Earnings Management in Greece: A Case Study in Construction Sector Using Jones Model

Ioannis Gasteratos, Michael Karamalis, Andreas Koutoupis, Ioannis Filos
International Journal of Economics and Business Administration, Volume IV, Issue 4, 3-16, 2016
DOI: 10.35808/ijeba/108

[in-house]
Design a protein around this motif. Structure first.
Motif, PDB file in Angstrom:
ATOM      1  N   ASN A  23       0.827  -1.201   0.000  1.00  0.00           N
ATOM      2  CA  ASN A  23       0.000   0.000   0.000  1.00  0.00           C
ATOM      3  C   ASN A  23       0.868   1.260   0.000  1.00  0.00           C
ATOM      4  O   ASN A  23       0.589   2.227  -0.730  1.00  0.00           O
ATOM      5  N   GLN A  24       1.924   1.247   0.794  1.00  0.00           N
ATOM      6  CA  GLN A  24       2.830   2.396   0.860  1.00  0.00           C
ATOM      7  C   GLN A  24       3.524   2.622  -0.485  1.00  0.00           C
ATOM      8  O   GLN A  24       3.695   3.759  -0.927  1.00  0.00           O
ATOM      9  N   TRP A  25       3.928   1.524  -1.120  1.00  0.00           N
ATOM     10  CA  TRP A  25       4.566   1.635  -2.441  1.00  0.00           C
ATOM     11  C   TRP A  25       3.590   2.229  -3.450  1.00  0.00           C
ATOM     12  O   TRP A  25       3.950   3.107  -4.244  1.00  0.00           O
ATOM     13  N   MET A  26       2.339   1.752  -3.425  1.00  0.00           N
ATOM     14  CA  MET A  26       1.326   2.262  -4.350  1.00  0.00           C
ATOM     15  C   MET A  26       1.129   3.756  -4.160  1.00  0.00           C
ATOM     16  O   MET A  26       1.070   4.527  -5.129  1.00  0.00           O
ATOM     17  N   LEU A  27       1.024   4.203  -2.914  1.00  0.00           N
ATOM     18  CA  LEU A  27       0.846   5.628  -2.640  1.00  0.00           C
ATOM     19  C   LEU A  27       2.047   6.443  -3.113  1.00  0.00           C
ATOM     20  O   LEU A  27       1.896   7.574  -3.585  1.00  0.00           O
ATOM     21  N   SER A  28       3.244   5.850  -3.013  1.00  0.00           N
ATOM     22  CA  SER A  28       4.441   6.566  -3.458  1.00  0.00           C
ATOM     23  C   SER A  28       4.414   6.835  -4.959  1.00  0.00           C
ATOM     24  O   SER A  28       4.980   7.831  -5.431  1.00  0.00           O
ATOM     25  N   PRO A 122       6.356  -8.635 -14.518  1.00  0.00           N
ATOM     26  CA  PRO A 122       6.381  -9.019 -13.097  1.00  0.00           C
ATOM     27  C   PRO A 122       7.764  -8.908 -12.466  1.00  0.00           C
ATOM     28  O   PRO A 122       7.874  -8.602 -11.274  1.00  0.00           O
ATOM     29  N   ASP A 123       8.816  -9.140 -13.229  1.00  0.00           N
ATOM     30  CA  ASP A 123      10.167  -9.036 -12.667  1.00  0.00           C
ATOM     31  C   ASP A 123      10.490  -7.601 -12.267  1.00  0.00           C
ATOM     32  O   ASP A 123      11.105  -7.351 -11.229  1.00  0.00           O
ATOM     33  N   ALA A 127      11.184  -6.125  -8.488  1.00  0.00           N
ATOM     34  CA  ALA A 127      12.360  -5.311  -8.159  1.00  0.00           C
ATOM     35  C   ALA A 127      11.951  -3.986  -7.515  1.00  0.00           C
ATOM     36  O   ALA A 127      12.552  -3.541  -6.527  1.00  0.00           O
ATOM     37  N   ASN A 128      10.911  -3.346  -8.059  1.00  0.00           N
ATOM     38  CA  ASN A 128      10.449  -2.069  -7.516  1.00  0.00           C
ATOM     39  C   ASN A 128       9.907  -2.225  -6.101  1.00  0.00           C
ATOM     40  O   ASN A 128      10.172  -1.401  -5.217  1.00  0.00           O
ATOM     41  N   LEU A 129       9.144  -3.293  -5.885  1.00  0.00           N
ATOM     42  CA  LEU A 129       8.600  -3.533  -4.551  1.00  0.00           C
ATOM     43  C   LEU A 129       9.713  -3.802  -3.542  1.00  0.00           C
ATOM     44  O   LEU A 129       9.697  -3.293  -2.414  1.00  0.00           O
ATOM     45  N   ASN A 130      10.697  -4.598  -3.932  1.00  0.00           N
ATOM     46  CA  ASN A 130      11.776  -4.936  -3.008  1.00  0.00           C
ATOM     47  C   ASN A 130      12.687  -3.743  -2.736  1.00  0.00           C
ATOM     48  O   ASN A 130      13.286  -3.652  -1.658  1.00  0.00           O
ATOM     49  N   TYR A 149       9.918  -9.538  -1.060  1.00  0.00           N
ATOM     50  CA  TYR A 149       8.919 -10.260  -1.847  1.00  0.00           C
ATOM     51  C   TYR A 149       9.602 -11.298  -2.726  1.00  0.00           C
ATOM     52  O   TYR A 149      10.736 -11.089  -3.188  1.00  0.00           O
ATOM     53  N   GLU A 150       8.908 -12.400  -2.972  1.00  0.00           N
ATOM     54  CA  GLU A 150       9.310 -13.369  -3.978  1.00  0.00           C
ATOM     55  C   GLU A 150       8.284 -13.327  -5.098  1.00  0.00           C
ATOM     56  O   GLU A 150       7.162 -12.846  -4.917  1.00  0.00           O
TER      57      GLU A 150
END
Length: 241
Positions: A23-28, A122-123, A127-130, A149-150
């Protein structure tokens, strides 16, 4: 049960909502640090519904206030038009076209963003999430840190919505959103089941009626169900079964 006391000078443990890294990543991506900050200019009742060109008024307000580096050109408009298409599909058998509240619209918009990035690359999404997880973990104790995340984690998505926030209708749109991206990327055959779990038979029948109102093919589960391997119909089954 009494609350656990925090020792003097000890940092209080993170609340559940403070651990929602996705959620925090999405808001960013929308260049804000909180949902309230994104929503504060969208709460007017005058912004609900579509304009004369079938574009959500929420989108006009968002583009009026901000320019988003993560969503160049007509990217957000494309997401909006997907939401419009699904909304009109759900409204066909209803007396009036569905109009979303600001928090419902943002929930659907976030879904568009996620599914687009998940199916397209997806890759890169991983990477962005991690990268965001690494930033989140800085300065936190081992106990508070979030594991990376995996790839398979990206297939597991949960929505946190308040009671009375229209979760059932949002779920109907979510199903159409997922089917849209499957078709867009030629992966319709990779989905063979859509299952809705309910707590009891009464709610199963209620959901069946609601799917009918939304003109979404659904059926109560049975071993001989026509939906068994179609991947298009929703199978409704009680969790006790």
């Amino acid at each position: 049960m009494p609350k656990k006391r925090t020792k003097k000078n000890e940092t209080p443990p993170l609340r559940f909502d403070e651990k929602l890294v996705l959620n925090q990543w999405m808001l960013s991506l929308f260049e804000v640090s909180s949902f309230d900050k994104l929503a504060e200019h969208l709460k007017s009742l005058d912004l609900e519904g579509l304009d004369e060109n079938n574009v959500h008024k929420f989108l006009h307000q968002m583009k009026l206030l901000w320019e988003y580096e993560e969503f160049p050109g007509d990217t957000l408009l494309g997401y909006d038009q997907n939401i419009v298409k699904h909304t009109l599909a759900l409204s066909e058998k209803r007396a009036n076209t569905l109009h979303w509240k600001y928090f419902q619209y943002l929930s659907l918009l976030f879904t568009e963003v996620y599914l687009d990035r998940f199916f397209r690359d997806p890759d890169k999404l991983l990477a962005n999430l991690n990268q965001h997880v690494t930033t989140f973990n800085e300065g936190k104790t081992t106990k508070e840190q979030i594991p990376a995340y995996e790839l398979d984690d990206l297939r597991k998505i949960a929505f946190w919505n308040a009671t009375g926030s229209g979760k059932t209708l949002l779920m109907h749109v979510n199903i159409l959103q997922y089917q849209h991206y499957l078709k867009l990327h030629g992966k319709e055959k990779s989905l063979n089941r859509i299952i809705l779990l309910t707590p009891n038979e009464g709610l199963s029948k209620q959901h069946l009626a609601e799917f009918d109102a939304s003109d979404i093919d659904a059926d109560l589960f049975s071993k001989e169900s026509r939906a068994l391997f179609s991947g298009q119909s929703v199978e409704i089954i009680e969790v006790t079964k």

Shadow economy is harmful to the whole official economy. It distorts competition and stock prices, it worsens income distribution and is an obstacle for entrepreneurship and economic growth.There are many reasons causing shadow economy. One of them is earnings management. A lot of research has been made on earnings management. In this paper Jones (1991) model will be used to examine the phenomenon of earnings management in the Greek construction industry. The findings are: first in the Greek construction sector discretionary accruals in practice affect negligibly the percentage of shadow economy in GDP, second in the Greek construction sector discretionary accruals (showing lower profits) increase in periods of higher capital tax rate, third in the Greek construction sector usually large companies resort to earnings management more than the small ones.Hence, Jones (1991) model shows the way for further investigation on tax avoidance. It should be noted however that shadow economy is a very complicated topic and is not only a matter of just earnings management. The contribution of this paper is that it uses Jones (1991) model to spot tax evading companies and triggers further research.Besides, the findings of this paper indicate the need for the global adoption of the international accounting and auditing standards. Cultural differentials across countries, which hinder this adoption, must be overcome.

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